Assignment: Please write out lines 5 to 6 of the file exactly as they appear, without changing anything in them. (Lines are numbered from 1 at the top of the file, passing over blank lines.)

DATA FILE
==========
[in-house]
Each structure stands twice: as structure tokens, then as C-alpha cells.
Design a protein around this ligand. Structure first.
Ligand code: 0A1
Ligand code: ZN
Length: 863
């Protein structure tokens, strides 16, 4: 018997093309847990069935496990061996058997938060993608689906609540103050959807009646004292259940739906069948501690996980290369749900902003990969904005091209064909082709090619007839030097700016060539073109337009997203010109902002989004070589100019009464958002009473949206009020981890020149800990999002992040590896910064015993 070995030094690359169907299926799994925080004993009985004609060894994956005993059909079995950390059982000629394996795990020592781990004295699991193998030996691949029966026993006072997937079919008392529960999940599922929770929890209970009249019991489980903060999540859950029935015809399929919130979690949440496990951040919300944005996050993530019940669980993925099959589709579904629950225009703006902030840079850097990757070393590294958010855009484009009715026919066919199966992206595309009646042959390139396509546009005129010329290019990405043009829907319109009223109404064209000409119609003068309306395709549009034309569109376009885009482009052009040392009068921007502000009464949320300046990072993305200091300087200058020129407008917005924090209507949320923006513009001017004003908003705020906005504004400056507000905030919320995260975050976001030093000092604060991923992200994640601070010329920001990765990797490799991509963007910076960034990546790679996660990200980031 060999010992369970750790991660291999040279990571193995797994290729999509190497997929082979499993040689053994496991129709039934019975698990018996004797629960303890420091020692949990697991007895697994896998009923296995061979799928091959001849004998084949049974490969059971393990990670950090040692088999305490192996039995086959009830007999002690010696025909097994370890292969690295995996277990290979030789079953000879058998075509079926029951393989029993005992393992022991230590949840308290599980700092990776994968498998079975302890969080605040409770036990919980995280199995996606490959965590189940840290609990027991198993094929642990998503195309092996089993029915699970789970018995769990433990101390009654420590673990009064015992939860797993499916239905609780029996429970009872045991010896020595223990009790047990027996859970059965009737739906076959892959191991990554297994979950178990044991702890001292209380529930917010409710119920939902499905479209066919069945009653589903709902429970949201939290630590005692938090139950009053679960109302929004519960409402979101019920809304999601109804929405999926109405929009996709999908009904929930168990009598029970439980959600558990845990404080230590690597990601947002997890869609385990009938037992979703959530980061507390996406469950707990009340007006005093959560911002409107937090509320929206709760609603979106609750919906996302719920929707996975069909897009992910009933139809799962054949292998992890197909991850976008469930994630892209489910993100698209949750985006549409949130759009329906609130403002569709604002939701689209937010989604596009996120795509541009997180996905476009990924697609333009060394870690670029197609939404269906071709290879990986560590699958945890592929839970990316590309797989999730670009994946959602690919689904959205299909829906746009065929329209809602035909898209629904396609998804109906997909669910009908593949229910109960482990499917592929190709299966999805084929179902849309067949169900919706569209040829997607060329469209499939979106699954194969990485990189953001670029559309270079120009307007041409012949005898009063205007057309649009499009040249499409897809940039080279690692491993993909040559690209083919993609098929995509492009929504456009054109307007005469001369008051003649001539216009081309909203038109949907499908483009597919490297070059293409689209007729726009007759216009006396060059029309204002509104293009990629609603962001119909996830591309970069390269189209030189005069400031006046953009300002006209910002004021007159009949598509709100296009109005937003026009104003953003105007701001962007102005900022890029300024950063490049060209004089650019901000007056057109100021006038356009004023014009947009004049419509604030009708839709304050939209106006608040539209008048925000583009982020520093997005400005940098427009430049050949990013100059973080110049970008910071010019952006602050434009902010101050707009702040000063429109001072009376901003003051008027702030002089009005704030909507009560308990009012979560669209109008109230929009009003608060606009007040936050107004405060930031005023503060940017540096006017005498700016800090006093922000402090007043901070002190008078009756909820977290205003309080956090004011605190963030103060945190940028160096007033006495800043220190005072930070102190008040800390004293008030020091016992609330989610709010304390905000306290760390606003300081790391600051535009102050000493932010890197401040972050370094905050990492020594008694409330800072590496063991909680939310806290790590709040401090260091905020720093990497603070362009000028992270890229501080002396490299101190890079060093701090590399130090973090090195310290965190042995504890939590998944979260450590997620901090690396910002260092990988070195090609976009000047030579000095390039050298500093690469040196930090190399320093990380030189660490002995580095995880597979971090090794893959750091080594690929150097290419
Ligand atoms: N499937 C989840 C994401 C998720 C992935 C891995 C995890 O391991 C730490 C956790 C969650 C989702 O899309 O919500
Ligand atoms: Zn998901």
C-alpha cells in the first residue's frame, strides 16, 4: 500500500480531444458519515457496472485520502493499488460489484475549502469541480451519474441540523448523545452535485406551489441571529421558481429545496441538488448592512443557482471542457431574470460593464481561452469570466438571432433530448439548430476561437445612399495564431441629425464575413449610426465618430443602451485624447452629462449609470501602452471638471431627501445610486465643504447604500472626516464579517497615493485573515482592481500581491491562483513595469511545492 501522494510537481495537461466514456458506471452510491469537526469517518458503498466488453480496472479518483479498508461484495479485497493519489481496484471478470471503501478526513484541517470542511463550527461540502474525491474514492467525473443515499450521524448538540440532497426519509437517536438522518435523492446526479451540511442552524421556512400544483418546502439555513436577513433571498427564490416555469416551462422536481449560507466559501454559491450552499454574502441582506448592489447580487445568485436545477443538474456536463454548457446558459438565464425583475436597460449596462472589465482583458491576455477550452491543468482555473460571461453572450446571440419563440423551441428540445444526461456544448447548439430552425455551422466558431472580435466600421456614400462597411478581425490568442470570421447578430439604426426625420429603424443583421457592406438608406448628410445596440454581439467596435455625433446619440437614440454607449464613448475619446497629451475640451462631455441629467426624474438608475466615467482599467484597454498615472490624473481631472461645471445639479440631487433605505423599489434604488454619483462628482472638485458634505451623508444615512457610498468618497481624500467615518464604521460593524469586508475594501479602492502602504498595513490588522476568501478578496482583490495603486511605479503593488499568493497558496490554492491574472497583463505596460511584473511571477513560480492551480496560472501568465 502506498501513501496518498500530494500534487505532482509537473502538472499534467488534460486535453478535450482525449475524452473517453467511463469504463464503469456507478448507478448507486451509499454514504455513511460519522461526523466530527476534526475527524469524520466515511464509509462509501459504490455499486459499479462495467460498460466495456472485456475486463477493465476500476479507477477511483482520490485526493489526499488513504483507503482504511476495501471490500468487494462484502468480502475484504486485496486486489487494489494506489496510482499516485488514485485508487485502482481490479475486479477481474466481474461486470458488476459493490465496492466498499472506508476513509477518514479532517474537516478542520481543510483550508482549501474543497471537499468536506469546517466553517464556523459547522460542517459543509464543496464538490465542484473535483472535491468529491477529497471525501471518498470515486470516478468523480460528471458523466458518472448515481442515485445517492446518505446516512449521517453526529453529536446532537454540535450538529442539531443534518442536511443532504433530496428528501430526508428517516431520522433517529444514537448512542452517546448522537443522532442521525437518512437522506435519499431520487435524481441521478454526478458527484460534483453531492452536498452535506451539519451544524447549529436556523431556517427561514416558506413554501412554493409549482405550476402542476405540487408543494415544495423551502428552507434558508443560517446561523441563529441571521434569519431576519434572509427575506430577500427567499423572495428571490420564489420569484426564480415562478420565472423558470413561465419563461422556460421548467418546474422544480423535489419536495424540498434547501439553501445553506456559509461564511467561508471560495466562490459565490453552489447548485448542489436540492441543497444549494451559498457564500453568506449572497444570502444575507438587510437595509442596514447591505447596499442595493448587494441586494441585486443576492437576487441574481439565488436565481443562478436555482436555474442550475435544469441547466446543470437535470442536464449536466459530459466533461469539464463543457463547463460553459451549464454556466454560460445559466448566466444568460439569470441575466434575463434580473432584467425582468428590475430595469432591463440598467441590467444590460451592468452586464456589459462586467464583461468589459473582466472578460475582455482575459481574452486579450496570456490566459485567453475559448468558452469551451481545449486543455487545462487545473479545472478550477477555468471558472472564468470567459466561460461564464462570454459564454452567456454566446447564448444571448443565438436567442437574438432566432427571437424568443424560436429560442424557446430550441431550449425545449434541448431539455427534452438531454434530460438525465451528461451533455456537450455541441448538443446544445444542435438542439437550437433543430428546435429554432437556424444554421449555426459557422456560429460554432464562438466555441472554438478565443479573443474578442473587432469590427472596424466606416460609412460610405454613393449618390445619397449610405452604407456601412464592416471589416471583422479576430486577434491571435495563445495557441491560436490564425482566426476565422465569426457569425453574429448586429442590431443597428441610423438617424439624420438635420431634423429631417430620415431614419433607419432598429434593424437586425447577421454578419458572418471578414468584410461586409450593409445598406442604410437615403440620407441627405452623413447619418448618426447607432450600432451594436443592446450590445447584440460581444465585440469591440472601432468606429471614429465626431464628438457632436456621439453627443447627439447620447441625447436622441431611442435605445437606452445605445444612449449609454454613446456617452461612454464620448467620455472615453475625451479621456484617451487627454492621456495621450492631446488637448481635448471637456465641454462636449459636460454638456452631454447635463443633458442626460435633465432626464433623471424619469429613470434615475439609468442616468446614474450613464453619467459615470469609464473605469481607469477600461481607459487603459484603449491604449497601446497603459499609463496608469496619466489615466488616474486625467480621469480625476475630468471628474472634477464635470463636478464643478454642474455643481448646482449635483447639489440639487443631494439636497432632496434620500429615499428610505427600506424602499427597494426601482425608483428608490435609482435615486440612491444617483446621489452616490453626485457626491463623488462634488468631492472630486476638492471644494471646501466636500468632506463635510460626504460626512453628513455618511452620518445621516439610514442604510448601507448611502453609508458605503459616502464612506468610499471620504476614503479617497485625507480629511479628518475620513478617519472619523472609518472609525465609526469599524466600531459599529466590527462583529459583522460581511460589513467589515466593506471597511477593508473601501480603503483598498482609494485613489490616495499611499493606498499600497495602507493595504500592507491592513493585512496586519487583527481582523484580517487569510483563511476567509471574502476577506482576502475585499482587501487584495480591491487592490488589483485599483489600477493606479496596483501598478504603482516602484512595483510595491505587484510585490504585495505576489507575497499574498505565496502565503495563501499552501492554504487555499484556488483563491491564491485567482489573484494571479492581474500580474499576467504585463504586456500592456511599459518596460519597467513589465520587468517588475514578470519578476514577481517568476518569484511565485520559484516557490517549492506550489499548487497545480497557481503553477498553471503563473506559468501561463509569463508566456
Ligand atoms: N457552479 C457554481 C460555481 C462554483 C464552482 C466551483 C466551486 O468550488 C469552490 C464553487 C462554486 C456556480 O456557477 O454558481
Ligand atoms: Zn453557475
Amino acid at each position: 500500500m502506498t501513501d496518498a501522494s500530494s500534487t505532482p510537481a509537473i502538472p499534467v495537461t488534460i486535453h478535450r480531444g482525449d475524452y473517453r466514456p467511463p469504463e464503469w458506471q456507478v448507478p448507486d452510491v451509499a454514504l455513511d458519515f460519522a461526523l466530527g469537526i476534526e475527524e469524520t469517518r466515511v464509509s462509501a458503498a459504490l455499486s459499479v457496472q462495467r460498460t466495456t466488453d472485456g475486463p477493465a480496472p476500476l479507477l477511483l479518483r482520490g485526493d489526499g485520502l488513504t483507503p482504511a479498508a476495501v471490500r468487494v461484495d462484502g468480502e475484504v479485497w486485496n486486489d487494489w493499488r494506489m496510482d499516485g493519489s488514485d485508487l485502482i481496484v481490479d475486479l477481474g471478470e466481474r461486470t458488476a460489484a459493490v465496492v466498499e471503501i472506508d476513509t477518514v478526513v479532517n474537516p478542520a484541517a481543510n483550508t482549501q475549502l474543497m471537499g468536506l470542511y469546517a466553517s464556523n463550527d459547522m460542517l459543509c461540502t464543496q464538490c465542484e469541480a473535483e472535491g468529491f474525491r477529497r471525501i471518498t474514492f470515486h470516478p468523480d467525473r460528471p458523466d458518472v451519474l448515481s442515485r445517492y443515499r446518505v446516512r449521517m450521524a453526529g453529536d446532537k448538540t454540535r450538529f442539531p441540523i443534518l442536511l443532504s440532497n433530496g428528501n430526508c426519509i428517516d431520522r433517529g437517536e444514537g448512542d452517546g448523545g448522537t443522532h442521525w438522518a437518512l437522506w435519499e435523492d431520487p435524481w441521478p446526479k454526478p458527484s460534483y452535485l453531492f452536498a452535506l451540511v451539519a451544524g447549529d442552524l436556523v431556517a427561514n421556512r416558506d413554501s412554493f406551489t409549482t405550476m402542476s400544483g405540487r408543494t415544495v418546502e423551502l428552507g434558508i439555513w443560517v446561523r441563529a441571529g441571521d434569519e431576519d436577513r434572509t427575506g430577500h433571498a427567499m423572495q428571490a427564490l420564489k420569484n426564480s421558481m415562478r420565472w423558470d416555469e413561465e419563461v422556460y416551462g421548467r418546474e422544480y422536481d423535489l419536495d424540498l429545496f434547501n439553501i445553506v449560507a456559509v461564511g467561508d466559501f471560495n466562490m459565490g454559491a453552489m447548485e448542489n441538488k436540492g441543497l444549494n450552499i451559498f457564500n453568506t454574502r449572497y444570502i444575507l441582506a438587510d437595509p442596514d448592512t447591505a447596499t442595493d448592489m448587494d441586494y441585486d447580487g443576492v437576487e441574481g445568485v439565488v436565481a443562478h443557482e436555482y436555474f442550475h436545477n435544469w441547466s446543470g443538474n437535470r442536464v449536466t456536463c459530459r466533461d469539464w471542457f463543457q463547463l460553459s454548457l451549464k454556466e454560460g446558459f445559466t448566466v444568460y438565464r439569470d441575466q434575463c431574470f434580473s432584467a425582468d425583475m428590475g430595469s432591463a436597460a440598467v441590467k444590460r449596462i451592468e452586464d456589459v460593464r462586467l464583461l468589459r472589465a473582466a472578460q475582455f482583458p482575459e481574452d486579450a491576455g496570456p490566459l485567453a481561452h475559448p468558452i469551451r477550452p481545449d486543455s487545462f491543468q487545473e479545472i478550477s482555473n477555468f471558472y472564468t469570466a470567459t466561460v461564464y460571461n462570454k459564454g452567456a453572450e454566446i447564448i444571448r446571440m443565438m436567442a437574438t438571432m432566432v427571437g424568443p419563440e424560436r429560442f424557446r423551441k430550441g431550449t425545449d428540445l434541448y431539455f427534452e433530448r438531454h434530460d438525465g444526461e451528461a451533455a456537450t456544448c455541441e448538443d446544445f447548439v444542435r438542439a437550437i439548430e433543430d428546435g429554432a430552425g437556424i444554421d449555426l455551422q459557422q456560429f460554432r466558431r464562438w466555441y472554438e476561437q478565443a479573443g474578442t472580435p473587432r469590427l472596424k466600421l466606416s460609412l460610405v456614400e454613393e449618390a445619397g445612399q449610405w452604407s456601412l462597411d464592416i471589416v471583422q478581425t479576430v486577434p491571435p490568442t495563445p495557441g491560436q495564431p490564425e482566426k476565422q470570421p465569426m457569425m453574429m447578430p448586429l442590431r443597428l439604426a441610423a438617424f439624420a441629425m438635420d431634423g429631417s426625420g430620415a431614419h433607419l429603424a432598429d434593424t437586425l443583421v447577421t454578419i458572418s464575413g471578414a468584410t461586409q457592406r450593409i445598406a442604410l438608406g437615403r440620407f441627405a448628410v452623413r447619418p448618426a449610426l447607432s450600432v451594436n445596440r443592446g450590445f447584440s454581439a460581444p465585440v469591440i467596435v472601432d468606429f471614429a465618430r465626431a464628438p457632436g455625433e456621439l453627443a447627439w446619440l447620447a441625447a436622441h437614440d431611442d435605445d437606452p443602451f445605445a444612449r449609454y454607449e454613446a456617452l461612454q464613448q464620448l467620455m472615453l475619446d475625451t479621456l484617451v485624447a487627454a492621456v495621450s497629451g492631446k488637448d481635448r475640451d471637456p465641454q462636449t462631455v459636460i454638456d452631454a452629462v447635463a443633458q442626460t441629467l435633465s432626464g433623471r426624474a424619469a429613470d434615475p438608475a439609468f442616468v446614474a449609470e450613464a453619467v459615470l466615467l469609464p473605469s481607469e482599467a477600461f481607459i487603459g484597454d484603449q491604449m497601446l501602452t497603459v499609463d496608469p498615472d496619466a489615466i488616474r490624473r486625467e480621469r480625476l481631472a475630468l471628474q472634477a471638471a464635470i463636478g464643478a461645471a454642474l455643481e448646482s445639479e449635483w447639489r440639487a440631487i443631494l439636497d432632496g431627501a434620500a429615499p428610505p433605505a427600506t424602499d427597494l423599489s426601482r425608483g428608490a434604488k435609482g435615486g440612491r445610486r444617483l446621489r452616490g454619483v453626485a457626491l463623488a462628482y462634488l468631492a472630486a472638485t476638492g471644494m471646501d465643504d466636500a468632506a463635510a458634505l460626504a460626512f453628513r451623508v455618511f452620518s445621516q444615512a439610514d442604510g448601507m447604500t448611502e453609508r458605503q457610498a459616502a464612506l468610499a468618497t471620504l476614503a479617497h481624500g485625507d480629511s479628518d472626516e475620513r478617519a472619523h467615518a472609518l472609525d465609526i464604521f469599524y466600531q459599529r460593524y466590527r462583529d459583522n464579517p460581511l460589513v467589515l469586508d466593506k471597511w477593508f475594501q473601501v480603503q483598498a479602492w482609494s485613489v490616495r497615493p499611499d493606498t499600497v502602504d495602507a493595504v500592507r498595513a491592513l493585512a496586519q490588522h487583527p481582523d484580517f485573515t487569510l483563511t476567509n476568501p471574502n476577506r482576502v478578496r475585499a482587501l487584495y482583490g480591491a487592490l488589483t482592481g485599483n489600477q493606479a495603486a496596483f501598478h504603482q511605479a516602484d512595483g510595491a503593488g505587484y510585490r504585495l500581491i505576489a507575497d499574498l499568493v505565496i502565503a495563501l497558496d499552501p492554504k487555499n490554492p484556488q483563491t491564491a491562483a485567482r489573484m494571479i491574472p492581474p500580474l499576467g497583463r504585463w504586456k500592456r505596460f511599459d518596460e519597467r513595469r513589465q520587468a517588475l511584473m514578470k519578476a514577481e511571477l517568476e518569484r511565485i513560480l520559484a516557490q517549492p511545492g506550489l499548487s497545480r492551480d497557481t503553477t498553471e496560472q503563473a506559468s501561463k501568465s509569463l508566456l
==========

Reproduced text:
Ligand code: ZN
Length: 863